Charisma is a crucial component of a politician's appeal to voters. But there's more than one way to inspire confidence.
Suzanna Hupp survived the 1991 mass shooting at Luby’s Cafeteria in Kileen, Texas.
Twenty-three people including Hupp’s parents were killed, making it the worst mass shooting in the U.S. before the Virginia Tech massacre in 2007.
The experience of being at Luby’s, unarmed and unable to protect herself or her parents, has made Hupp one of the leading advocates of the right to carry concealed weapons.
“My gun was out in my car, 100 yards away, completely useless to me, because I’d wanted to obey the law.”
“For several years I carried a gun in my purse, at that time illegally in the state of Texas,” Hupp told Here & Now’s Robin Young, “So I figured, ‘I’ve got this guy.’ But then I realized a few months earlier, I had made one of the stupidest decisions of my life. My gun was out in my car, 100 yards away, completely useless to me, because I’d wanted to obey the law.”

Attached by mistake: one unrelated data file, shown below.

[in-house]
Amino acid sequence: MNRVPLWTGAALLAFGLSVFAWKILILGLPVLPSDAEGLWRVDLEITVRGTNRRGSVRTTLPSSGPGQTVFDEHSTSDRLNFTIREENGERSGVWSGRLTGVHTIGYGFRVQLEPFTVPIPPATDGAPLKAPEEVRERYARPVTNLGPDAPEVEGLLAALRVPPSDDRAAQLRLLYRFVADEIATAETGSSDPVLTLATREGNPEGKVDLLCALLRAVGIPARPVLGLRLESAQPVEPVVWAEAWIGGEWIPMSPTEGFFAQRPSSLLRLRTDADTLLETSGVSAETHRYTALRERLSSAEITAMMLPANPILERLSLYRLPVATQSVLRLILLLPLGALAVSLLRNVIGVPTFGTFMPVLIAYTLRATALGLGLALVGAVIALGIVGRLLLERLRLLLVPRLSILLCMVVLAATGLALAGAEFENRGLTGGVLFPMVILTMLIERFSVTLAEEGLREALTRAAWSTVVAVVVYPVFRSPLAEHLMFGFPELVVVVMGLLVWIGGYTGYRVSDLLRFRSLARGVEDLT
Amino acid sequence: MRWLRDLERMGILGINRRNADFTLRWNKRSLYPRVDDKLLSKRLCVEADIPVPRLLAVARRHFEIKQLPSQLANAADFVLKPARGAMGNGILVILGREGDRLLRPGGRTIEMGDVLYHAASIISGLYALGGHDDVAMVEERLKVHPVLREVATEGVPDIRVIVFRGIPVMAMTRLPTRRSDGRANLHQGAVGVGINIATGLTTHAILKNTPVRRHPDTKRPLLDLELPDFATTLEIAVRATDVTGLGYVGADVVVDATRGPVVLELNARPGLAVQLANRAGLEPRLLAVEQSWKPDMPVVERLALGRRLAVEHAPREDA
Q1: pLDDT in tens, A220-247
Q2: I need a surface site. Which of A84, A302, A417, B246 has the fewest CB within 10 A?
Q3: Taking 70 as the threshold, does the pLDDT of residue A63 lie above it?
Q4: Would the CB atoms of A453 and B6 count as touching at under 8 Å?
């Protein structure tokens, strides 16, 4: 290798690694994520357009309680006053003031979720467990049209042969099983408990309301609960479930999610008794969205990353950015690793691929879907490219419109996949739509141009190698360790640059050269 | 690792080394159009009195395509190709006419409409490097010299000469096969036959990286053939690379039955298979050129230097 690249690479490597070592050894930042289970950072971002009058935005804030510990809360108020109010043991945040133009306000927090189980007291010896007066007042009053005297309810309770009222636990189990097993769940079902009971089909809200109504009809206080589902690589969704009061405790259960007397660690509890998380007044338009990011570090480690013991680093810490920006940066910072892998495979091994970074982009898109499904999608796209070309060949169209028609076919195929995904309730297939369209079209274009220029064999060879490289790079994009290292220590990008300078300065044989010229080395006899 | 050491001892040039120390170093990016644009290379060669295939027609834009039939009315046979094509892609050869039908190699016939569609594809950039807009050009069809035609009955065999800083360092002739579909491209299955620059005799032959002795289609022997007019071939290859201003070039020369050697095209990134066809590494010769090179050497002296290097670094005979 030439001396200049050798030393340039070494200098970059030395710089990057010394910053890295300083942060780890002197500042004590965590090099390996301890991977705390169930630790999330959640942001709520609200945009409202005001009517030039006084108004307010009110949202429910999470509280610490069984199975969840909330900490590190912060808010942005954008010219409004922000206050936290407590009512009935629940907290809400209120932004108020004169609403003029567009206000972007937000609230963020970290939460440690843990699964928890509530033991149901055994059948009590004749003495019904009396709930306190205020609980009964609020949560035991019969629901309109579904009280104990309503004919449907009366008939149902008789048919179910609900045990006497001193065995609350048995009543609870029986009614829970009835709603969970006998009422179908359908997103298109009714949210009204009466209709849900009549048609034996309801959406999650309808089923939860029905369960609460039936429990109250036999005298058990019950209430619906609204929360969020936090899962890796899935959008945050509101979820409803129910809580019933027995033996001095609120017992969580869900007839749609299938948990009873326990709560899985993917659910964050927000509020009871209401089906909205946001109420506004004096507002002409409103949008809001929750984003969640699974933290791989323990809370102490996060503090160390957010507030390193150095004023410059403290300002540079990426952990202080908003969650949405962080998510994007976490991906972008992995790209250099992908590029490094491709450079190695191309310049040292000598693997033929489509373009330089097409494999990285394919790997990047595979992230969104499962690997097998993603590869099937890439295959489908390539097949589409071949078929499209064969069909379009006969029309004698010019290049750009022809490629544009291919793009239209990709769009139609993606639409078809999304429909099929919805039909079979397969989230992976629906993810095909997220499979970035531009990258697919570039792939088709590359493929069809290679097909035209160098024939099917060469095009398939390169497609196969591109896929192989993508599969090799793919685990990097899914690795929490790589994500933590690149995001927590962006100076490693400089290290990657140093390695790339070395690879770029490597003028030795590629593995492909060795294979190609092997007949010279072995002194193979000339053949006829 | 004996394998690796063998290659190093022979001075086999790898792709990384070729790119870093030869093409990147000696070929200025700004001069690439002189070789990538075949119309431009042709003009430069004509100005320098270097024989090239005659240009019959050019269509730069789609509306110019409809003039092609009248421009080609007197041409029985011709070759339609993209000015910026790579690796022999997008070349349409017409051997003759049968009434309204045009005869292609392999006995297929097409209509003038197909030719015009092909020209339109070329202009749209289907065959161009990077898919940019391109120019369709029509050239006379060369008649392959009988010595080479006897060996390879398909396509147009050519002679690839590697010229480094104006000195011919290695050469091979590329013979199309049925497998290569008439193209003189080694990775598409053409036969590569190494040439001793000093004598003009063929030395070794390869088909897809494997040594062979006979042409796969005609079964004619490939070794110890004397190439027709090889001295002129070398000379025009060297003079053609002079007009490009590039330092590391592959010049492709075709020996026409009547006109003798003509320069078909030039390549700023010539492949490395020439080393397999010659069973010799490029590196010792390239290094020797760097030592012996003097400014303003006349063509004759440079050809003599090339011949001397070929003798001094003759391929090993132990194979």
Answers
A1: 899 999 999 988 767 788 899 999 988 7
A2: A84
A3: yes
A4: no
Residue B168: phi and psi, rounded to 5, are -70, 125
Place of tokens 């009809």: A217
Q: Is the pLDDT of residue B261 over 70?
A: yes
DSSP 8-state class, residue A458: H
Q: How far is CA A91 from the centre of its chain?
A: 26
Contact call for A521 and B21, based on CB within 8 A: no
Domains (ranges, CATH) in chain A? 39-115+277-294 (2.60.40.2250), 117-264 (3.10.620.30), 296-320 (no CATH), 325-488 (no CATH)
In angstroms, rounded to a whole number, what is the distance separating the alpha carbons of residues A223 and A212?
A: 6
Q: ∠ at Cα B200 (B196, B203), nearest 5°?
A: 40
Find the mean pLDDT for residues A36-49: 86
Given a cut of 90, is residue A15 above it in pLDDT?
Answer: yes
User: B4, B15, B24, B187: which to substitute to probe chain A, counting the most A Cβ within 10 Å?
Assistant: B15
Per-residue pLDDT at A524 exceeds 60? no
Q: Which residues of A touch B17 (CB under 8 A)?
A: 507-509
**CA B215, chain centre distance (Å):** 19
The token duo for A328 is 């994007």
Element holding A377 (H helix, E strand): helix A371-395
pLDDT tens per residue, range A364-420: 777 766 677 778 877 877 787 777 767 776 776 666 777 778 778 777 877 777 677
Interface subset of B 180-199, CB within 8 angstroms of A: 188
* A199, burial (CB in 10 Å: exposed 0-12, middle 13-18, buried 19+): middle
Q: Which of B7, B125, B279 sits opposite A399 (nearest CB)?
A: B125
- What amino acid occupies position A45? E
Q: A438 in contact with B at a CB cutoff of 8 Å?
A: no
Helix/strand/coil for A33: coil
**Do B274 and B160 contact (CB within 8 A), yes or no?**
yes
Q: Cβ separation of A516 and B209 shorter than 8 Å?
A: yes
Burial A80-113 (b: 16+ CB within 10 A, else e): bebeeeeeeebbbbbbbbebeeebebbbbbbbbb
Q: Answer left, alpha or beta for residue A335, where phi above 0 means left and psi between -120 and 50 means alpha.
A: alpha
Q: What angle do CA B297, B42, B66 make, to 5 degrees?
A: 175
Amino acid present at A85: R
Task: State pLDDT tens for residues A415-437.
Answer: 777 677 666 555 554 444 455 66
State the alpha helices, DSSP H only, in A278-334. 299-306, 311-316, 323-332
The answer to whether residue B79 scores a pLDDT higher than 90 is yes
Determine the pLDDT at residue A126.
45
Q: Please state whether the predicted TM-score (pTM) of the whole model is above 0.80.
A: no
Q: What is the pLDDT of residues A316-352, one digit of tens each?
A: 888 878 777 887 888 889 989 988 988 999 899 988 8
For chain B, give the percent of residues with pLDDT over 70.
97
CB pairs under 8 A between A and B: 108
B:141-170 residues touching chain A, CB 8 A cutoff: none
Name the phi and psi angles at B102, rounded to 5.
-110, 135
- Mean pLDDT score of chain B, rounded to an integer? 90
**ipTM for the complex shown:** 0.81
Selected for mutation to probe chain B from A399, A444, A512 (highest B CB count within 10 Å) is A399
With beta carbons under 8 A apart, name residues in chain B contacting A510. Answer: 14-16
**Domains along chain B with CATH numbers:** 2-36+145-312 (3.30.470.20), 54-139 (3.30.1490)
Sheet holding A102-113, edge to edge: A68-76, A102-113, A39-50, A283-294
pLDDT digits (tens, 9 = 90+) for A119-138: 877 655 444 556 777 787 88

Hupp’s father tried to rush the shooter but was shot down. Her mother refused to flee – instead she went to where her husband, Suzanna’s father, lay bleeding to death and cradled his head in her lap.
“The shooter walked up to her, put a gun to her head, she looked up at him, put her head down and he pulled the trigger,” Suzanna said.
Hupp said she’s not angry at the shooter.
“That would be like being angry at a rabid dog,” she said. “What I am angry at is my legislators who legislated away my right to protect myself and my family.”
Hupp went from that experience to advocating for the right to carry guns. She served five terms in the Texas House of Representatives.
Suzanna Hupp testifies before Congress in support of concealed-handguns: